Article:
Yes. I would say if you think about our expense base, we’re going to continue making the right investments and infrastructure and underwriting talent. But we – so we’ve got the core of the leadership in place now which are obviously the highest – high dollar drivers of expenses. But then, how do you fund that growth, one we have a pretty mature infrastructure operation. So, we’ll be looking at ways to add efficiency in there whether it’s utilizing more outsourcing of low value, kind of high-processing activities, use our London operation as an example where we have zero insurance premiums over the last 24 months. But, we have a balance sheet, we have a corporate infrastructure, we have a financial infrastructure that is quite scalable and by some relatively straight forward outsourcing initiatives with some of the providers in the London market, we’ll be able to grow an insurance portfolio to $100 million, $200 million of premium with a very inconsequential impact to the expense base of the company.
And so, getting that kind of leverage is a critical part of it, and I think we’ve got the capabilities to do that. The other piece that you mentioned is the impact of utilizing reinsurance. Reinsurance markets are reasonably soft, I don’t think it’s – went to the level of panic that many of - I guess, your ilk in terms of publishing will say. But, what’s happened is that, as we’re seeing primary rates still increasing, I love it how people are running it, the positive that is rate increases into the sky is falling because the rates of price increases has decelerated. The fact is, we’re still getting rates. And so, growing in a market where we’re still getting rate are be in the rate of growth of that rate is not as big. That’s still a positive.
What’s happened with the reinsurance markets, particularly for proportional covers is that, that increase is being retained to the primary level because the ceding commissions are being expanded. And that, as an insurance company, we’re going to be taking advantage of that, so we’re getting good ceding commissions on the premiums that we place. Much of our insurance business growth will be funded by proportional reinsurance. And this is based on the competitive nature of the reinsurance market combined with the quality of the underwriting that we’re bringing on board, we’re getting great support by our reinsurers. And that expense overwrite will help keep that expense base quite flat as well.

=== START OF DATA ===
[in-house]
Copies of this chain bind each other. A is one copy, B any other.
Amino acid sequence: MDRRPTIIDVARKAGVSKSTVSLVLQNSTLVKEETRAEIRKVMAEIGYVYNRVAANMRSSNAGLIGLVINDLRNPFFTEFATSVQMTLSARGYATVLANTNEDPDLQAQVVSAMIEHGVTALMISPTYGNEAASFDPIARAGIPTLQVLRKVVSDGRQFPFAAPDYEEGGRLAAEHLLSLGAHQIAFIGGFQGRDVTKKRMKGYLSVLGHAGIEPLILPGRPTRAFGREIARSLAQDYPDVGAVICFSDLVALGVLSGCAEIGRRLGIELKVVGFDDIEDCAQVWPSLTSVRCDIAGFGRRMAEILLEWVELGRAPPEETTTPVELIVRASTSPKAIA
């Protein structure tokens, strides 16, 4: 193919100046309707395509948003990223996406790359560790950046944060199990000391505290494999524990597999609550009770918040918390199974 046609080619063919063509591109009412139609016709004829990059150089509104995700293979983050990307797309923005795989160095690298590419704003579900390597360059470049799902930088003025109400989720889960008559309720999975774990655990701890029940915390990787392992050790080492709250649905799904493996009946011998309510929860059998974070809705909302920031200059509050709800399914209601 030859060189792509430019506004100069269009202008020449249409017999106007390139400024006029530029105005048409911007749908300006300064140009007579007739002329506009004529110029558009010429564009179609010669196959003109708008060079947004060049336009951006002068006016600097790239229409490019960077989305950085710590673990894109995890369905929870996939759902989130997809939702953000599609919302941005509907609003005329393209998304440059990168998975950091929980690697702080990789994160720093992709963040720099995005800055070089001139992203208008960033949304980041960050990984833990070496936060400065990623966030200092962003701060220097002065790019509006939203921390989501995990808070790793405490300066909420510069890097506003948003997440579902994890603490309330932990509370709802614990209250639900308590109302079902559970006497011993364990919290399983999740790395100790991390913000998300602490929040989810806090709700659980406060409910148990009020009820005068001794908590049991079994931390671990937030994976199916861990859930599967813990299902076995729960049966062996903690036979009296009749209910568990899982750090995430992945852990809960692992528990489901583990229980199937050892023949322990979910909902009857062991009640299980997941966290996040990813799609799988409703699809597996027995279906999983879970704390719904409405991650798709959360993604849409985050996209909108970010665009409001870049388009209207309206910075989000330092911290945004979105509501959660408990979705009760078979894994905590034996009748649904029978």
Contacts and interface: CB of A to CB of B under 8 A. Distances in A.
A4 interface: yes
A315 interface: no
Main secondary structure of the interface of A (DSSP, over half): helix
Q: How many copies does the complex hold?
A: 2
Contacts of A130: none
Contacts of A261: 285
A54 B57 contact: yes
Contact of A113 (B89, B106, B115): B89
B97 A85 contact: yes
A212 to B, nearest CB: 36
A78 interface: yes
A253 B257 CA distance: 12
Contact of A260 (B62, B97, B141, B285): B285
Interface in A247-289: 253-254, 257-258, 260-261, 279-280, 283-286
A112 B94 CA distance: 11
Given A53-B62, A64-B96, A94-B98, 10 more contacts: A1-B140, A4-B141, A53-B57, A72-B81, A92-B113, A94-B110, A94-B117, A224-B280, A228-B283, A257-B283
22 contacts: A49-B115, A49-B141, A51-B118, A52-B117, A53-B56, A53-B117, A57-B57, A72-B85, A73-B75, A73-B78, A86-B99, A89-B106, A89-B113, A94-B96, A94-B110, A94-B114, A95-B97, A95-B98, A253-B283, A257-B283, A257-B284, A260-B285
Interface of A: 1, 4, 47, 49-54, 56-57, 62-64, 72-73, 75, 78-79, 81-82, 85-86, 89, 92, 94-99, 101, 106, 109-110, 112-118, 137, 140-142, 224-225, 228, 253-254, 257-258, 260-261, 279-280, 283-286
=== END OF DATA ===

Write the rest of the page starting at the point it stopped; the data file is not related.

Jay Cohen – Merrill Lynch
I guess the other way to gain scale would be to make acquisitions. Is that going to play a role?
It certainly could. Acquisitions have been an important part of our development as a company. Our crop insurance business came to us by a way of an acquisitions in 2007, our catastrophe reinsurance business back in the very early days of the company’s life came – did come to us slowly but was significantly enhanced by renewal rights transaction of LaSalle Re if you remember that name. Our U.S. reinsurance business we did a renewal rights transactions with the HartRe. Those are all things that have formed meaningful core parts of our portfolio today.
As I look forward, I think M&A is clearly an avenue for growth. And in the softening markets, if you have the right to determine leadership, you can really make a difference in terms of the M&A landscape. I think here the investment banking counterparts on the other side of your wall and your farm, they’ve been talking about the need for consolidation, I see some of them in the back of the room here today. But talking about the need for consolidation in the Bermuda market or in the P&C space in general. And based on the leadership that we have and our ability to drive change through our organization floor and organization that we could acquire, that should not be underestimated, it is something that – it is on the table for us, that we would certainly look at. But, we would – for us to do an acquisition, that’s more than say a bolt-on acquisition, would have to be something that is – it’s a strategic enhancement to the company, something that add the value to the operation, creates greater scale, has an ability to create significant efficiency and synergy to the defined operations.